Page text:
- Behavioral segmentation is also cost-effective. You can determine which segments of your audience are the most engaged, allowing you to direct the majority of your spending there. It is a low-cost marketing method for increasing conversion rates.
- Finally, segmentation can boost brand loyalty while decreasing turnover. Customers are more inclined to return if they feel unique and respected.
What are the drawbacks of using behavioral segmentation?
Implementing a behavioral segmentation technique has certain drawbacks:
- Consumer behavior changes, and it is not always possible to predict it.
- Because the data gathered is qualitative, you must rely on your intuition when it comes to budget expenditures.
Types of Behavioral Segmentation With Examples
There are several types of behavioral segmentation since there are several ways for a customer to connect with a brand. Let’s look at the many forms of behavioral segmentation and how they function.
- Purchasing behavior
Purchasing behavior segmentation delves into the process of individuals’ decision-making during a purchase, and the associated trends, customs, and actions that influence this selection. Understanding your customers’ purchase behavior has obvious advantages: it helps you to reduce roadblocks and sell more things faster.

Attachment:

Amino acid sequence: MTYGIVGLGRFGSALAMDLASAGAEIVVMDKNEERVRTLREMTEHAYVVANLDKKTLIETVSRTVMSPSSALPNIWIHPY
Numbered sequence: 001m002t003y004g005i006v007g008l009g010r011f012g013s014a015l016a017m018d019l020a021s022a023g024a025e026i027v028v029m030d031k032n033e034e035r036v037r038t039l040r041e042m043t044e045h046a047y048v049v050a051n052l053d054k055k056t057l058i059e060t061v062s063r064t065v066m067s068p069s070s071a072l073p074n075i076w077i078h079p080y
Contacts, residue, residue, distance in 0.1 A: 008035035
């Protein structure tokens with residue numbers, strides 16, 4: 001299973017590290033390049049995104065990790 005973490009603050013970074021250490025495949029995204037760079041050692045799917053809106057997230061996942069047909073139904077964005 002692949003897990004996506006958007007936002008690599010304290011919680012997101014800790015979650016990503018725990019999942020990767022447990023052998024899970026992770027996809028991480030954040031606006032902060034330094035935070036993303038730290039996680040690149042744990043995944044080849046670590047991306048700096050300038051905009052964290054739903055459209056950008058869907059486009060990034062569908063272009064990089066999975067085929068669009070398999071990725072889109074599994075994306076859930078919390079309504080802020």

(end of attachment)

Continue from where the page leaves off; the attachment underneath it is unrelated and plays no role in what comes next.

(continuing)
Zappos, an online shoe shop, demonstrated this by making returns free after realizing that return costs discouraged some customers from purchasing new shoes. Since delivering a $300 pair of boots costs the same as sending a $30 pair of sandals, the shift increased profit margins and helped them become a customer loyalty leader.
- Occasion or timing-based segmentation
Occasion-based segmentation implies dividing your customers depending on their daily schedule or specific moments within the day. Purchasing coffee or breakfast in the morning, for example, or dropping by the grocery store after work.
Starbucks, for example, has done an excellent job of using event-based behavioral data to boost sales and satisfy consumers. Their signature Pumpkin Spice Latte has nearly become a symbol of autumn. Starbucks holiday cups have become a source of passion and controversy during the last two decades.